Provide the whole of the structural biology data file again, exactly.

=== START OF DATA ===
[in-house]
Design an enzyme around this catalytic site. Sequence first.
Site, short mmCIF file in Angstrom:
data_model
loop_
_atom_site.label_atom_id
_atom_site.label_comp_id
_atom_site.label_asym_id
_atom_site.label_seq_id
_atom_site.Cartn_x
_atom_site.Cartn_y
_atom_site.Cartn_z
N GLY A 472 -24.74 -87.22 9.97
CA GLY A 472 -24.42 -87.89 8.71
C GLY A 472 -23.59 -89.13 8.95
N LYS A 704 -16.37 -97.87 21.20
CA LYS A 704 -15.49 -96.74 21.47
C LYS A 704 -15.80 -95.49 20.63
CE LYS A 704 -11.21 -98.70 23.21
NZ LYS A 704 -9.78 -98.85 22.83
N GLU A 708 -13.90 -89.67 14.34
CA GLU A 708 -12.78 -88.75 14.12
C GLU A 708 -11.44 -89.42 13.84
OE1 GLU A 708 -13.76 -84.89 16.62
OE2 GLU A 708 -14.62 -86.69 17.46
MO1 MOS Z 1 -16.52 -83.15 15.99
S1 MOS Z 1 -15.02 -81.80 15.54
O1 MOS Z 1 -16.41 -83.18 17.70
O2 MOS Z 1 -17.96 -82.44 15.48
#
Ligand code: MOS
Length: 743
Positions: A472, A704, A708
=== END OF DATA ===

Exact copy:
[in-house]
Design an enzyme around this catalytic site. Sequence first.
Site, short mmCIF file in Angstrom:
data_model
loop_
_atom_site.label_atom_id
_atom_site.label_comp_id
_atom_site.label_asym_id
_atom_site.label_seq_id
_atom_site.Cartn_x
_atom_site.Cartn_y
_atom_site.Cartn_z
N GLY A 472 -24.74 -87.22 9.97
CA GLY A 472 -24.42 -87.89 8.71
C GLY A 472 -23.59 -89.13 8.95
N LYS A 704 -16.37 -97.87 21.20
CA LYS A 704 -15.49 -96.74 21.47
C LYS A 704 -15.80 -95.49 20.63
CE LYS A 704 -11.21 -98.70 23.21
NZ LYS A 704 -9.78 -98.85 22.83
N GLU A 708 -13.90 -89.67 14.34
CA GLU A 708 -12.78 -88.75 14.12
C GLU A 708 -11.44 -89.42 13.84
OE1 GLU A 708 -13.76 -84.89 16.62
OE2 GLU A 708 -14.62 -86.69 17.46
MO1 MOS Z 1 -16.52 -83.15 15.99
S1 MOS Z 1 -15.02 -81.80 15.54
O1 MOS Z 1 -16.41 -83.18 17.70
O2 MOS Z 1 -17.96 -82.44 15.48
#
Ligand code: MOS
Length: 743
Positions: A472, A704, A708